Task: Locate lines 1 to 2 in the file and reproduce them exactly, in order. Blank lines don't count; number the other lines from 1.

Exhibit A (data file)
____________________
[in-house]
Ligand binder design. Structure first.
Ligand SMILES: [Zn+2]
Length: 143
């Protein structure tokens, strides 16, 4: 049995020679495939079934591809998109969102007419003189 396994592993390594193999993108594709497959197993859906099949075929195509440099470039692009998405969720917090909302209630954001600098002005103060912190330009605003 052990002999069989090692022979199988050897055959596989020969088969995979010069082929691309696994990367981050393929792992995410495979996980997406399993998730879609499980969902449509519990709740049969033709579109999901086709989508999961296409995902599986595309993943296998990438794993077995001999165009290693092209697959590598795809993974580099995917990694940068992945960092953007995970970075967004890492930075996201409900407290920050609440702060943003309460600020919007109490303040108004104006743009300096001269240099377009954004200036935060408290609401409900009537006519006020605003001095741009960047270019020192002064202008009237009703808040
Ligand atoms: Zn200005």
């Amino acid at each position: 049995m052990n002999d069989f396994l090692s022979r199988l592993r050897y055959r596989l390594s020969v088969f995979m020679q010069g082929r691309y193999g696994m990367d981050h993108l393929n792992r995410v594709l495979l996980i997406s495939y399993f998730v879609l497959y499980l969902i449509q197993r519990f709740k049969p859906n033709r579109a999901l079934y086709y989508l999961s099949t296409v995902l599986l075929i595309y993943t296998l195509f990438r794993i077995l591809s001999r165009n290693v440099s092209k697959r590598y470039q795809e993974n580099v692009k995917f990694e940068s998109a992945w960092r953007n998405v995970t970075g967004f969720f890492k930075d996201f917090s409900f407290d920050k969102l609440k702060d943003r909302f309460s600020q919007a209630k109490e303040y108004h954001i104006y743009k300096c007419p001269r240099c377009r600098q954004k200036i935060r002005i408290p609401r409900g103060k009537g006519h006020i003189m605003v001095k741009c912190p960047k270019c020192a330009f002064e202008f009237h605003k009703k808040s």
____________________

[in-house]
Ligand binder design. Structure first.